Business people today may find it hard to imagine the days when slide projectors and cardboard graphics were the main tools available for presentations on sales, manufacturing or any other business topic.
Giving effective online presentations is as basic a business skill as balancing a checking account. Software such as Microsoft PowerPoint have not only changed how presentations are created, but also how they're presented. And Google Docs can make creating and giving Internet presentations fun and simple, allowing the business associate to imprint his individuality into the process.
Online presentation software allows business people to create presentations in the form of a slide show, which can be controlled and paced by the presenter. Such presentations can be stored on a computer hard drive or disc for the presenter to access in person, live in front of the intended audience.
But the software also can be used to deliver and store a presentation via the Internet, where audience members can access it at their convenience. The technology's portability makes it far more powerful than the paper-and-slide-based days of the past.
Today’s software also allows the presentation author to incorporate traditional text and images into their message. But they also allow the presenter to use more advanced media, such as video capture software and screen capture software to bring digital video images and animation into play. Such software is also written to be intuitive and easy to use for the novice.
In this article, we’ll talk about creating online presentations, including how to use screen and video capture software to make your presentations more effective.
Using PowerPoint for Online Presentations
Microsoft's PowerPoint recently marked its 20th birthday. Over the last two decades, PowerPoint has become the standard in presentations.
Using PowerPoint for online presentations is easy, fun and can help your work stand out. The program provides seemingly endless means of expressing ideas through its many options and features, while also helping the author organize his ideas.
PowerPoint allows the presenter to create a series of panels -- similar to slides -- which can hold text, graphics, hyperlinks, spreadsheets, digital photos, video or sound, and animation. Presenters are limited only by creativity and their judgment as to the appropriateness of each of these features. The latter is not a small point. The software and those who use it have at times received criticism for putting the presentation's flashy nature over the message's importance [source: Manage Smarter]. As management consultant Abhay Padgaonkar reports, PowerPoint users must know and understand their audience to craft an appropriate presentation.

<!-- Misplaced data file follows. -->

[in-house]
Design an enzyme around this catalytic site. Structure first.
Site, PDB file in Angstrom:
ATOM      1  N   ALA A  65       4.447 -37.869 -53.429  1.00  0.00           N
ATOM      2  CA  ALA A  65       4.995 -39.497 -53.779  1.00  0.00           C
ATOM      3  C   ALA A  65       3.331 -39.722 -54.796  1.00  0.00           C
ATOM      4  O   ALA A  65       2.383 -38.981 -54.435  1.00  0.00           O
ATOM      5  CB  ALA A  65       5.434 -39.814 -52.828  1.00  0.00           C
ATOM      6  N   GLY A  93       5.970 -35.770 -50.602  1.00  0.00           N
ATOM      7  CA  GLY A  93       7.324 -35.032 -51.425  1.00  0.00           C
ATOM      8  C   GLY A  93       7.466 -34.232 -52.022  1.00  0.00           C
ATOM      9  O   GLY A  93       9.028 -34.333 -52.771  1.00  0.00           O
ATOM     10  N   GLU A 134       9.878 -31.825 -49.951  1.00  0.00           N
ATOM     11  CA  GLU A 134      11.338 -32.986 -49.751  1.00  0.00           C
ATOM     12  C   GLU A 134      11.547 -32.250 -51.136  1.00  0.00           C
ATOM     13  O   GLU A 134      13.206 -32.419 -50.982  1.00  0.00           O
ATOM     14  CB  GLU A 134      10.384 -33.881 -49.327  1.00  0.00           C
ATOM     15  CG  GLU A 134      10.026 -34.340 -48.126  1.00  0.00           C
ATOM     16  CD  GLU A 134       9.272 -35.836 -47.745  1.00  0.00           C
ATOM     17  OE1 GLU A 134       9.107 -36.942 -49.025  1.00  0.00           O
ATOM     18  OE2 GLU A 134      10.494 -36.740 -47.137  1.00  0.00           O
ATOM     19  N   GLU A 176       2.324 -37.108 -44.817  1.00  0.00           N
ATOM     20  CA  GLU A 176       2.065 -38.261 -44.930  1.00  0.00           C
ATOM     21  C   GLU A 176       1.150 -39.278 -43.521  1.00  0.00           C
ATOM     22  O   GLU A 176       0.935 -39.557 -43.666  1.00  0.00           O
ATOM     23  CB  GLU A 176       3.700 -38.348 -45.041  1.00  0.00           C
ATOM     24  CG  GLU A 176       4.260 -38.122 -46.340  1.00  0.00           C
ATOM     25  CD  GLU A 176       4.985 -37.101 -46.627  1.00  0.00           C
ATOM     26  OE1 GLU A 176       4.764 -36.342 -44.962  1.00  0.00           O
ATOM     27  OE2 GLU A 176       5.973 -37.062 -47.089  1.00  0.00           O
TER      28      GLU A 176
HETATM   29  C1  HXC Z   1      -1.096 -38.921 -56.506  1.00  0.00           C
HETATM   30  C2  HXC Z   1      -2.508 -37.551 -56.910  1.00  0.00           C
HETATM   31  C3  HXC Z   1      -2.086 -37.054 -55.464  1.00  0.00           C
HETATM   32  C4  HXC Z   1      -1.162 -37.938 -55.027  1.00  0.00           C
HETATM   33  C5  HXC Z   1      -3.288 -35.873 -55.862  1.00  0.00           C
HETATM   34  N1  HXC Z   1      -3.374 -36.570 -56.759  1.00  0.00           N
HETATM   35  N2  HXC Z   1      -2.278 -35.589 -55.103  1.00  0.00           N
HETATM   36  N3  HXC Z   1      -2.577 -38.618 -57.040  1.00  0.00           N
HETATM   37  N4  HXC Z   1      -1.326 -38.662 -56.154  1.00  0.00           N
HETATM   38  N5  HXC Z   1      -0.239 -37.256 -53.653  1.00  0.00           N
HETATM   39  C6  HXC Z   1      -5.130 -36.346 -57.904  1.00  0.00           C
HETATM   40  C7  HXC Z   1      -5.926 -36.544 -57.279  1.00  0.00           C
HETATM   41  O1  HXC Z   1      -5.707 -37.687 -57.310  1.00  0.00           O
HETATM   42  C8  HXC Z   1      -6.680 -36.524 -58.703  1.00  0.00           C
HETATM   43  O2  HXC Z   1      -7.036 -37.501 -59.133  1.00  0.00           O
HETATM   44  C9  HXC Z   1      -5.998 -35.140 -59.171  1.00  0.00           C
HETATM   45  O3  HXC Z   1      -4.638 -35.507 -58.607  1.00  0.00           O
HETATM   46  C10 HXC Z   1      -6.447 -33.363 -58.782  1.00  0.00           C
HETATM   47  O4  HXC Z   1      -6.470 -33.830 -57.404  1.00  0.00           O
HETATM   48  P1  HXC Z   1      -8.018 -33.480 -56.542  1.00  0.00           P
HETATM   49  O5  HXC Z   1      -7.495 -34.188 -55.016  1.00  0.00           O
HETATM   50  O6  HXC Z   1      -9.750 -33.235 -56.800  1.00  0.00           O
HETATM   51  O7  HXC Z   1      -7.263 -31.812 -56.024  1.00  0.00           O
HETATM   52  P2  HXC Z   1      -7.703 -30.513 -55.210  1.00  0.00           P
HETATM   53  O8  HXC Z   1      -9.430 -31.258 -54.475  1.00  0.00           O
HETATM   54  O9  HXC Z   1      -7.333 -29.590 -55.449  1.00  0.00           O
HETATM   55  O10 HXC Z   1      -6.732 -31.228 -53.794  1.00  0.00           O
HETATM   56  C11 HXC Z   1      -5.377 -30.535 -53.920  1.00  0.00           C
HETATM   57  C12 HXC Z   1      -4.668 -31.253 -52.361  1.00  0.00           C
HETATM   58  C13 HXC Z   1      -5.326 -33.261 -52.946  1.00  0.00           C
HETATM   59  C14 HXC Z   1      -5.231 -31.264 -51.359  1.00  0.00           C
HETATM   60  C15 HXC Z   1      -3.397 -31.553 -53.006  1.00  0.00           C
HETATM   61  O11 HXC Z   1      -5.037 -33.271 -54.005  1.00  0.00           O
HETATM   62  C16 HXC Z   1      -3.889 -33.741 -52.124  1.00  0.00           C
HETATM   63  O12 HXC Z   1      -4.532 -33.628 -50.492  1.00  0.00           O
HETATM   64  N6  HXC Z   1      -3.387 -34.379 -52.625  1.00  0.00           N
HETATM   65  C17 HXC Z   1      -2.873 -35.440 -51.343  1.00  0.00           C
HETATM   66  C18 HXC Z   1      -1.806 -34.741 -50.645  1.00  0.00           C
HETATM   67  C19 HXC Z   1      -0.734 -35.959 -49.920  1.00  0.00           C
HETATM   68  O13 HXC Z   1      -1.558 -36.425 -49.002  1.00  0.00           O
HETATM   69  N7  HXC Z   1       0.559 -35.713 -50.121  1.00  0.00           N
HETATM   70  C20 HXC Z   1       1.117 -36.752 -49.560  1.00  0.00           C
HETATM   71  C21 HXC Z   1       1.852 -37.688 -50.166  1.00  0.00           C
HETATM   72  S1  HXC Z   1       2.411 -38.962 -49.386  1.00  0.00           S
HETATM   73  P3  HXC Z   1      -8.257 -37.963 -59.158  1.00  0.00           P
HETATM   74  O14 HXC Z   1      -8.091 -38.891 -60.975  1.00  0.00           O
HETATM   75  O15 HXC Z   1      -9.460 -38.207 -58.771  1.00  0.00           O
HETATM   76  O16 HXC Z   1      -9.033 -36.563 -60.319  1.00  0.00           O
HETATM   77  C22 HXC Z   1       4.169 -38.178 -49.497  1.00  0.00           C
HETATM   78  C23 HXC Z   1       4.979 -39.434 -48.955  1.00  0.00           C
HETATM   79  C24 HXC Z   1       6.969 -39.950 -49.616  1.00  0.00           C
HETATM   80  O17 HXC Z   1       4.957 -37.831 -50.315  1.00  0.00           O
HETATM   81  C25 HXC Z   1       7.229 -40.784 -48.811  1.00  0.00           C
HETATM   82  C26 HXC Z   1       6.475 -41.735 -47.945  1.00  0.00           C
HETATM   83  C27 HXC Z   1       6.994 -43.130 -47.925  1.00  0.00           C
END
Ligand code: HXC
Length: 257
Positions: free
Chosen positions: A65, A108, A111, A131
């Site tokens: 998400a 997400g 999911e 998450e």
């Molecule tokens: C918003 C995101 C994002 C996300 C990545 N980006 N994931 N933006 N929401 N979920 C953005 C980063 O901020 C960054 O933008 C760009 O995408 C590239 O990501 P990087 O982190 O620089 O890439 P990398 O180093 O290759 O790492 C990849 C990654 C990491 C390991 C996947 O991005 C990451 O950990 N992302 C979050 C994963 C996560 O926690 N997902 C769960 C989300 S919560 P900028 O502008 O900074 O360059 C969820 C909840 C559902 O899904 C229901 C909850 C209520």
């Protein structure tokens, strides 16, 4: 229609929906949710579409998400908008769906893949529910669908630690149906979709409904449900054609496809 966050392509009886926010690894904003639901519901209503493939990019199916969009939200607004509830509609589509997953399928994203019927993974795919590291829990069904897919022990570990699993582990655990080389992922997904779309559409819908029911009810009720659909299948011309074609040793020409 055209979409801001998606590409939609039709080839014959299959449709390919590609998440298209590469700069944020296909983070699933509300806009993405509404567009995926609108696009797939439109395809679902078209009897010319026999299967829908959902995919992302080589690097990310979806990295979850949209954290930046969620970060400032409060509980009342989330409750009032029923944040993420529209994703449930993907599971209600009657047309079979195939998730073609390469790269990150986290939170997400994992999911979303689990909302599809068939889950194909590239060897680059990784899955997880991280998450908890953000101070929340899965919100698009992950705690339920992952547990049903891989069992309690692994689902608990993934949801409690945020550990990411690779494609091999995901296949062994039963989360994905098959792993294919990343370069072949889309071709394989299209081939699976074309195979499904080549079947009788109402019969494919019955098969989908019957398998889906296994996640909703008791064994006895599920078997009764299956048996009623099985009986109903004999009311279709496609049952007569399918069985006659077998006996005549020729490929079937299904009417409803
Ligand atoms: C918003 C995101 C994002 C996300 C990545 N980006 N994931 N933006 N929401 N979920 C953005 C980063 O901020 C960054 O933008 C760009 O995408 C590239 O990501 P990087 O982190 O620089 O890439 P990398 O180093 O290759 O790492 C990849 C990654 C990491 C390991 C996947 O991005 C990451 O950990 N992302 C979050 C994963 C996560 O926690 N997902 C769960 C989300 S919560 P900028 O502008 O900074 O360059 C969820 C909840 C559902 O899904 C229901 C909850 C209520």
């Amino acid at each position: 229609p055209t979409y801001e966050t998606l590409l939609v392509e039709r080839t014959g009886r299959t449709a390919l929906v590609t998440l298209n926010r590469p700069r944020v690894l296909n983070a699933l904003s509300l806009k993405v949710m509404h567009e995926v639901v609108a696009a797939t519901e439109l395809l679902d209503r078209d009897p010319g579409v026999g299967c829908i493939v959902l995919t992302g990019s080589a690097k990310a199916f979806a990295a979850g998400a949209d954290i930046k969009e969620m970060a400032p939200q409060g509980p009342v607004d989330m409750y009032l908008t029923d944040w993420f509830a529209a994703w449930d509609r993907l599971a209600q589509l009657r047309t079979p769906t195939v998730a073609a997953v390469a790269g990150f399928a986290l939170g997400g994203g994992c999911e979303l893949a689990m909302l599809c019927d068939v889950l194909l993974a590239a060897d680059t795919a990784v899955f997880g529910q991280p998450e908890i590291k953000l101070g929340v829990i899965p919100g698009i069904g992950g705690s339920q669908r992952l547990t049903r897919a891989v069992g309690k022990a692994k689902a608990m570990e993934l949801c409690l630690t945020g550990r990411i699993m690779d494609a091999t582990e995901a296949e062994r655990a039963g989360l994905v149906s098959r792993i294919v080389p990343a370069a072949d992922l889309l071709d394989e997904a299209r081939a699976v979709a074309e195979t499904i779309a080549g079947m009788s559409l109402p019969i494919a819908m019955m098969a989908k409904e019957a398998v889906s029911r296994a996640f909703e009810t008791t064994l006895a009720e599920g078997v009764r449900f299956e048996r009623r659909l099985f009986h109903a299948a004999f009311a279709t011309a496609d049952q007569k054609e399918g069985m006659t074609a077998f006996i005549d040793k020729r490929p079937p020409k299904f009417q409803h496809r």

Once the author has assembled the presentation, he can give it live in a meeting using a computer-screen projector. In this way, PowerPoint can be used to augment points, entertain an audience and bring cohesive understanding to a subject in the traditional meeting setting. Another advantage is that such presentations are highly reliable and portable, which would assist, for example, a vice president tasked with making the same marketing presentation at several outlying offices.
That same vice president, however, could also choose to skip the travel and place the presentation online.
By converting the files to HTML, a PowerPoint presentation can be placed for download on a company's Internet or intranet site, where it can be accessed from anywhere with an Internet connection. The author also can turn the presentation itself into a Web site that contains files necessary to display the presentation in any Web browser.
Other options for using the Internet to make the presentation available include sending it directly to audience members via e-mail or broadcasting it live over the Internet using a microphone and digital camera.
The PowerPoint files also can easily be converted to XPS or PDF files, which makes them sharable across a wide variety of platforms. Also, a new, compressed Microsoft Office PowerPoint XML format reduces the file size and offers big advantages in terms of storage and bandwidth requirements.
On the next page, we'll talk about using Google Docs for presentations.
Using Google Docs for Online Presentations
Online presentations can be shared with Google Docs, a Web-based program that makes it easier and more efficient for groups to collaborate.
Google Docs allows participants to store documents, spreadsheets, presentations and more at a secure online site, where they can be accessed by those who have permission. The free service allows users to create these items in their account or upload them from outside the service. Once an item is uploaded, its creator or anyone with permission can work on it online using any browser. The service provides real-time collaboration, which allows several users to work on an item simultaneously and keeps track of what changes each party makes.